Obama denies Washington is bullying M'sia in TPPA negotiations (Updated)

PUTRAJAYA: US President Barack Obama has denied that Washington is bullying Malaysia in the ongoing negotiations for the Trans-Pacific Partnership Agreement (TPPA).

Instead, he said, he himself was being bullied by his own (Democratic) party on the pact while protests against the agreement was more due to "people being fearful of the future or have invested in the status quo."

"It is important for everybody to wait and see what is the (final) agreement before they jump into conclusions," he said in response to a question that Washington was bullying Kuala Lumpur in negotiations for the TPPA at a joint press conference with Prime Minister Datuk Seri Najib Abdul Razak here today.

He said it was understandable that there will be objections, protests, accusations of political conspiracies, which is true not only for the US and Malaysia, but for all the negotiating countries.

In looking ahead towards a conclusion of the TPPA negotiations, he said that "countries and companies must be ready to take the next leap."

Obama said he strongly believed that the TPPA was the right thing as it created jobs and businesses which would benefit countries such as Malaysia that are transitioning from labour-intensive orientation to high-skilled-labour driven.

"It's going to be good for countries like Malaysia that have been growing rapidly but are interested in making that next leap to the higher value aspect of the supply chain that can really boost income growth and development," he said.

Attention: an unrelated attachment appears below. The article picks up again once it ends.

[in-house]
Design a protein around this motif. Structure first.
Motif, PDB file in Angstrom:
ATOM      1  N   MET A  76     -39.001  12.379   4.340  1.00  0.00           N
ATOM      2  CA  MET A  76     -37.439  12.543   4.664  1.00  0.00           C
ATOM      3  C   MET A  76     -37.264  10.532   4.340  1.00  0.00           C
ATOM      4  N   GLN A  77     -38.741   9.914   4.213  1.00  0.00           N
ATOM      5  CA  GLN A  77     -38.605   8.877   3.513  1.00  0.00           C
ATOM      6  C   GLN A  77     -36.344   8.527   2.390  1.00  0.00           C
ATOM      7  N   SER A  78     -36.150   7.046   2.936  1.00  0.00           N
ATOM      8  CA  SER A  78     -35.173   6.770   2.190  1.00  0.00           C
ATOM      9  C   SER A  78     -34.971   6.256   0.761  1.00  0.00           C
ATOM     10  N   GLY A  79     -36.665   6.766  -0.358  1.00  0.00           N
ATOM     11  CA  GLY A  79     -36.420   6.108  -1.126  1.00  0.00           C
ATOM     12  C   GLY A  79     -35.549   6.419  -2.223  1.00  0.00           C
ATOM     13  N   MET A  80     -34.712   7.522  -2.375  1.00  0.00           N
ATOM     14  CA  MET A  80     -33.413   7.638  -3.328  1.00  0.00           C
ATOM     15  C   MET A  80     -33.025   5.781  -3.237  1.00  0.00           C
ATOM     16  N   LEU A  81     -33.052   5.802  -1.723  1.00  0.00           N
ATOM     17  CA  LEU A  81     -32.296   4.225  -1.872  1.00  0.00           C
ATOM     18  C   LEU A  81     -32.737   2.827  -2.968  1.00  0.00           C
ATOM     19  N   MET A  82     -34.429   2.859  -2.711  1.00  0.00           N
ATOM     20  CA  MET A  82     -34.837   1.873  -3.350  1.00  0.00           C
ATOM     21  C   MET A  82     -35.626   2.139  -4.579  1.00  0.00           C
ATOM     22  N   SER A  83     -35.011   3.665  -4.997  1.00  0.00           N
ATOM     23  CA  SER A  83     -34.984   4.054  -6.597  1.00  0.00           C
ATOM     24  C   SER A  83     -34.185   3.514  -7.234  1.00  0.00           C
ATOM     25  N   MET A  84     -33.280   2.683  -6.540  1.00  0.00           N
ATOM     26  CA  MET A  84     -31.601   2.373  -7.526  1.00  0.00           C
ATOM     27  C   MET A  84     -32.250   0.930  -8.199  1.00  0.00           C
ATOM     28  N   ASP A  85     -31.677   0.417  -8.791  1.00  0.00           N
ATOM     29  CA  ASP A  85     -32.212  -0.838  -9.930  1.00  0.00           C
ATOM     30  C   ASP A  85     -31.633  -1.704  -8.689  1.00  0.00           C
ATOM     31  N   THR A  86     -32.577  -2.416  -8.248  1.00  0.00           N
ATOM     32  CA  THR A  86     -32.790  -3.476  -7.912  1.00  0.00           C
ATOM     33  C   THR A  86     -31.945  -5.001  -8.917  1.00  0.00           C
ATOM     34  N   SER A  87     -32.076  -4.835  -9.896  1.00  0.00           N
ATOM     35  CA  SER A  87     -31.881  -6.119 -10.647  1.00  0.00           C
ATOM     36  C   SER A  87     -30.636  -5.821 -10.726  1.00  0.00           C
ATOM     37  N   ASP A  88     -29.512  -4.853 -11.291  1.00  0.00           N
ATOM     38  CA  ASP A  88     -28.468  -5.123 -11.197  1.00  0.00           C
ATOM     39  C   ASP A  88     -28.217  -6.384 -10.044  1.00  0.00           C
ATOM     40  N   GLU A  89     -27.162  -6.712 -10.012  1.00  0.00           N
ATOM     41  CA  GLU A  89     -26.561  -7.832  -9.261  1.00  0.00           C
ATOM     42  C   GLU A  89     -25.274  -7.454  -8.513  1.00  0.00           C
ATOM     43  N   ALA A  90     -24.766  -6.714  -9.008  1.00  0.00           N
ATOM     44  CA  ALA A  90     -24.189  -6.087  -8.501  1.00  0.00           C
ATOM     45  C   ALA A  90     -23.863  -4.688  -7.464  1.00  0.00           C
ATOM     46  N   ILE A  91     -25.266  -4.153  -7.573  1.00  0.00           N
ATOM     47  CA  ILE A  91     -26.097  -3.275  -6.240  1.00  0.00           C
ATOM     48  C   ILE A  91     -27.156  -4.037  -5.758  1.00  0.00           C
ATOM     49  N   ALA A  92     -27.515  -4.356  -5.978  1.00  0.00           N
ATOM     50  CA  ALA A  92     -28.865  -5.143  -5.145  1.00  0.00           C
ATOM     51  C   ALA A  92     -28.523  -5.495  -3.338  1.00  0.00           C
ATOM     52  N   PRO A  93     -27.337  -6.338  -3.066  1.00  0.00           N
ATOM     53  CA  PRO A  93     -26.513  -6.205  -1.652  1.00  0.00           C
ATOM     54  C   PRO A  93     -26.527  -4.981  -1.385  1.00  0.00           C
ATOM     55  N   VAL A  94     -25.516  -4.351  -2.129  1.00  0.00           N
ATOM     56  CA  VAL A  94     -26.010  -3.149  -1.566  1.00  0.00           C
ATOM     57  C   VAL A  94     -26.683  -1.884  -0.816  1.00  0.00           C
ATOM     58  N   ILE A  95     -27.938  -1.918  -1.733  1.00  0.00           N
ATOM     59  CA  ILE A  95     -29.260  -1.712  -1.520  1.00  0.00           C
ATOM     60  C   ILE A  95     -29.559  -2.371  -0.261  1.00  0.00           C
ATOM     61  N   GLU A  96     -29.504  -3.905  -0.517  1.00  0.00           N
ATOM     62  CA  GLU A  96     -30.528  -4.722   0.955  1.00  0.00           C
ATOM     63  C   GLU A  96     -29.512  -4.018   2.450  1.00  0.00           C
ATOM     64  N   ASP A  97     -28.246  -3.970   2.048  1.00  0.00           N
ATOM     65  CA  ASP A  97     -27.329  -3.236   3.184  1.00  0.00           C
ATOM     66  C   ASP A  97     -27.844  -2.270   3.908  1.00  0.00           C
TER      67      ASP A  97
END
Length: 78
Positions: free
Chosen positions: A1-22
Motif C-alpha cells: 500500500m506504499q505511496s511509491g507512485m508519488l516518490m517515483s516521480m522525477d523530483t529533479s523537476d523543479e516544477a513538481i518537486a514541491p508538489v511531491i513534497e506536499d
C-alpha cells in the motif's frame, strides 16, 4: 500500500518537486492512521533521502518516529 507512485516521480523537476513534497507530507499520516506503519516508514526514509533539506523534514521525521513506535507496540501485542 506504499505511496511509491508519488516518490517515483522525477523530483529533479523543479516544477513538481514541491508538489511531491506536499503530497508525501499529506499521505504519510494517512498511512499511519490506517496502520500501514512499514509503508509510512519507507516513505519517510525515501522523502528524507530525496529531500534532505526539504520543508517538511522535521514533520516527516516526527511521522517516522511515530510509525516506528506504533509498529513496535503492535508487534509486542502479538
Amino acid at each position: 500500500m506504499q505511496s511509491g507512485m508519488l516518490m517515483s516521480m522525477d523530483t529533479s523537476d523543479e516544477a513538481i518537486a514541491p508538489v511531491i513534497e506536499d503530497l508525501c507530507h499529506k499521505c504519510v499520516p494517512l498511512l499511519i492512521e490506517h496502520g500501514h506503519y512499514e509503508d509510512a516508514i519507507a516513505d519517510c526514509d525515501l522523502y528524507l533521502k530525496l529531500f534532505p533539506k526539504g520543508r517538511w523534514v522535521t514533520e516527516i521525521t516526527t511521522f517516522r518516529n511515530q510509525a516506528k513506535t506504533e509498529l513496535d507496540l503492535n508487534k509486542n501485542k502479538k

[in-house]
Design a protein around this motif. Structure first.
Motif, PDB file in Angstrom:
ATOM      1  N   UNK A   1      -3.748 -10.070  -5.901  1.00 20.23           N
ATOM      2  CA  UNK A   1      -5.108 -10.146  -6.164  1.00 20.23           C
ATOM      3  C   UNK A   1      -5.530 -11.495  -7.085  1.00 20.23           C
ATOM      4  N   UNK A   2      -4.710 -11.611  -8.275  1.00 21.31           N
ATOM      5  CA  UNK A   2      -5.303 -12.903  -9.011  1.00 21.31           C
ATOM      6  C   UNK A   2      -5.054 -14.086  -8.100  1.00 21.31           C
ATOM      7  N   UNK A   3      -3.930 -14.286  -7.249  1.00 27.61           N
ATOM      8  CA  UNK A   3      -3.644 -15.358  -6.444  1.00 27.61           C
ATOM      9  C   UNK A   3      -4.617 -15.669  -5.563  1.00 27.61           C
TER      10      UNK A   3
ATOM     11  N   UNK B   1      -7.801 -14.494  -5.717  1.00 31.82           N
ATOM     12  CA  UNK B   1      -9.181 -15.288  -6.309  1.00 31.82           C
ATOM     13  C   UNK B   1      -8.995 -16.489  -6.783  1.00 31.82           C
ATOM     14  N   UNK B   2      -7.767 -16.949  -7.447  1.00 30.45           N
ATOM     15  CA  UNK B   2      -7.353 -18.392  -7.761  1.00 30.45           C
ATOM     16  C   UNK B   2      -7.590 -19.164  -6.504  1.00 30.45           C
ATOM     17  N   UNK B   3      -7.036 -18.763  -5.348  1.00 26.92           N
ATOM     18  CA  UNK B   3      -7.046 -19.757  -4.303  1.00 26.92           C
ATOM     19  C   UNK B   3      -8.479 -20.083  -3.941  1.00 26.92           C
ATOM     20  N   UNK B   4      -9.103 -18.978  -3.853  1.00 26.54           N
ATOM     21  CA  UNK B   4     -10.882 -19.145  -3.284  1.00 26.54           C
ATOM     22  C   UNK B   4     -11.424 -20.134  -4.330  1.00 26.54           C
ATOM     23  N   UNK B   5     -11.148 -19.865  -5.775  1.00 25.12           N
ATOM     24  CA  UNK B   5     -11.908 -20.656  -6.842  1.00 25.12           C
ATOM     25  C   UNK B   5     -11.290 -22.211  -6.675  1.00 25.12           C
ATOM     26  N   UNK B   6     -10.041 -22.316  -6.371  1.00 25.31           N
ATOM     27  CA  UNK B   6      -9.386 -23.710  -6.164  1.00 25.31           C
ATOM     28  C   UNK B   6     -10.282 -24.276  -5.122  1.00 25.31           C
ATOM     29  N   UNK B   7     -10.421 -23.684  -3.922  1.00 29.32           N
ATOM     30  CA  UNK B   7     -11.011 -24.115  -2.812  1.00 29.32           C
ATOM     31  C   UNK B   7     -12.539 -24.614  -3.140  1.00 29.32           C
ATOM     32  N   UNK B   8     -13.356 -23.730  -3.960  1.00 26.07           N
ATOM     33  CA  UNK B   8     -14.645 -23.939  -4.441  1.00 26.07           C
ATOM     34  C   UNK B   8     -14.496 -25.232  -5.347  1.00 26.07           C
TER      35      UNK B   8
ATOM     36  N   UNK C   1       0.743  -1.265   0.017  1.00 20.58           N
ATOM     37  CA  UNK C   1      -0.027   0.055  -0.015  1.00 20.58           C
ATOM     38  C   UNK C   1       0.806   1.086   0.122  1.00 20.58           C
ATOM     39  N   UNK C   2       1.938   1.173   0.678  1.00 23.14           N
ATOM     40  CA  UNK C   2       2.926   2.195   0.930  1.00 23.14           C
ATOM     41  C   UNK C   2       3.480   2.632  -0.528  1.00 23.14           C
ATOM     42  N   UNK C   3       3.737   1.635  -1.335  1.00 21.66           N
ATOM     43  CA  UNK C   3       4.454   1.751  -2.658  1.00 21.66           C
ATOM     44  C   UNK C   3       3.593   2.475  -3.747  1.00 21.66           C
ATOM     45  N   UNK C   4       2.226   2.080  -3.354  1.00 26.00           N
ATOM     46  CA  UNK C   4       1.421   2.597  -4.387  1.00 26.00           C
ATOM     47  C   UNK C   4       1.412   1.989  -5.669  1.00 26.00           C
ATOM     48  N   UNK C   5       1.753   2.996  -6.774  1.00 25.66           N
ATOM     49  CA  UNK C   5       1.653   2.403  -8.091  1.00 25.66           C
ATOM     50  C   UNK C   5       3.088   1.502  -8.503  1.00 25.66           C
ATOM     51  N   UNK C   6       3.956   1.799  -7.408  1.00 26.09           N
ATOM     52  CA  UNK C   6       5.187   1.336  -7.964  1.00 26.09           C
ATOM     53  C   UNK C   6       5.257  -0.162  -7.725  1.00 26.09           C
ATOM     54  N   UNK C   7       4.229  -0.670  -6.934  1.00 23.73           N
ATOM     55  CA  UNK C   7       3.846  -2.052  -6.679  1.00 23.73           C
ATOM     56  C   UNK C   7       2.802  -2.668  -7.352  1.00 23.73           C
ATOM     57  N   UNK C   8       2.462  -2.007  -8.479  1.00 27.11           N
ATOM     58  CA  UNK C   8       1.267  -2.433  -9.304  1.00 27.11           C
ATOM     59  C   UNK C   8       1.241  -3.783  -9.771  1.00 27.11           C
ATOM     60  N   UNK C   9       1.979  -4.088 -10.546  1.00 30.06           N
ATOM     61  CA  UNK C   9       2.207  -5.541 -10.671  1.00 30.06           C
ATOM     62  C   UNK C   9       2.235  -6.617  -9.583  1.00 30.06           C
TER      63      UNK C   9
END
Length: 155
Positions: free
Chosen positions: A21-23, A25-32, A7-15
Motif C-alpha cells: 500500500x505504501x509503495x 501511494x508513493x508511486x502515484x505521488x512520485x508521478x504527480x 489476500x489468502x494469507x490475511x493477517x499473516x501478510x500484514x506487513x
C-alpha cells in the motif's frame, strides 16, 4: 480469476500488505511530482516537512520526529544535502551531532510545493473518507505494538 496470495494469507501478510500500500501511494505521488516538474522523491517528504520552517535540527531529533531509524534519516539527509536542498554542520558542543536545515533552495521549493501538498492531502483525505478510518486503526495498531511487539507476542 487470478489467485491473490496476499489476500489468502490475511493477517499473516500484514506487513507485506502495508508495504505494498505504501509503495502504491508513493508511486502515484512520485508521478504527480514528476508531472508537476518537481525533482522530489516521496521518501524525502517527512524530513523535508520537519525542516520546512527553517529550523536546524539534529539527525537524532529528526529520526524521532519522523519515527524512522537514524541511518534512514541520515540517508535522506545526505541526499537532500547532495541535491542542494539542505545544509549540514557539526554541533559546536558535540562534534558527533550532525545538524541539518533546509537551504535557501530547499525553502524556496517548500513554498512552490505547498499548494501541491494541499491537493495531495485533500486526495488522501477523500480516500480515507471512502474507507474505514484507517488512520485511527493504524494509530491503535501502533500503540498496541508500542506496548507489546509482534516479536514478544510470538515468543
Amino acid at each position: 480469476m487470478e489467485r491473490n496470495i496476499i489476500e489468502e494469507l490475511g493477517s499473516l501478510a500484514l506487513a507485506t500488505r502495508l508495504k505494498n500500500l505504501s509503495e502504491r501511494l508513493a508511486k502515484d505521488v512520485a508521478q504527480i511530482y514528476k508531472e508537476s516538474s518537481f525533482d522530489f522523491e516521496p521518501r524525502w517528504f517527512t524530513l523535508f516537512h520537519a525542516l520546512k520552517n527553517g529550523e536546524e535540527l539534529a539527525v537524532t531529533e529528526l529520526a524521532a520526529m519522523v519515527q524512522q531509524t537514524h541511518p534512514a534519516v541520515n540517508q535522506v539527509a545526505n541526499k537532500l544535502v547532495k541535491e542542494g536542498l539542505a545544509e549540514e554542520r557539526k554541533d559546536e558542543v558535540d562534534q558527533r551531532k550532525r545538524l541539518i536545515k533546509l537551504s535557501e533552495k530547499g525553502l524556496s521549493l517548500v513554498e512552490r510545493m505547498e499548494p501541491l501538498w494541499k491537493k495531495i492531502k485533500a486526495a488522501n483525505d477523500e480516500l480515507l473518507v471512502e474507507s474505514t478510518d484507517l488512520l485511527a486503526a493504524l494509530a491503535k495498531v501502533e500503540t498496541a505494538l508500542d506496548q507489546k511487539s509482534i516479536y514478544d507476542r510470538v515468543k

Responding to a question on expensive medicine after the TPPA was concluded, Obama said American companies have done extrordinary work in research and development to provide medical breakthroughs that saved lives around the world and those companies that have made the investments for the research wanted returns.

He, however, said all parties in the TPPA have agreed to find a way to make sure that medicine would be available for the people who cannot afford it, describing it as a "common humanity".

"Both of those values are reflected in the conversations and negotiations that are taking place around the TPP," he stressed.

Najib, in earlier comments, expressed confidence that the overall benefits of the TPPA would far outweigh the disadvantages of the pact which is still being negotiated by 12 Pacific rim economies although there would be some losers and gainers.

He also said Washington understood Malaysia's domestic sensitivities as evident during his bilateral talks with Obama earlier.

Obama also said the TPPA would benefit Malaysia in achieving high-income nation status by 2020.

Najib, who is also Finance Minister, said Malaysia was committed to the process of getting the acceptance of the people as far as the TPPA was concerned.

"We went to the TPP on our won accord. We were not bullied into it," the Prime Minister said, adding that Malaysia was committed towards free trade and has entered into 13 separate FTA agreements with other countries so far.

He said Malaysia was a great believer in free trade and understood its benefits like boosting trade, creating wealth and jobs.

"There will be winners and losers in the process but overall the benefit is all upon us to show to the people in Malaysia that the benefit far outweigh the disadvantages of the FTA," he said.

Najib said Malaysia was committed to the process of getting the acceptance of the people before signing the TPPA by engaging with the public and present it to the Parliament.

"We are working out around the sensitive and challenges and try to iron out with the intention of working out a deal in the near future," he said.

Najib said bilateral trade between the United States and Malaysia has averaged at least US$35 billion annually from 2010 to 2013. Last year, the United States was Malaysia's largest source of foreign investment, investing US$1.9 billion in Malaysia and creating almost 8,000 new jobs. – Bernama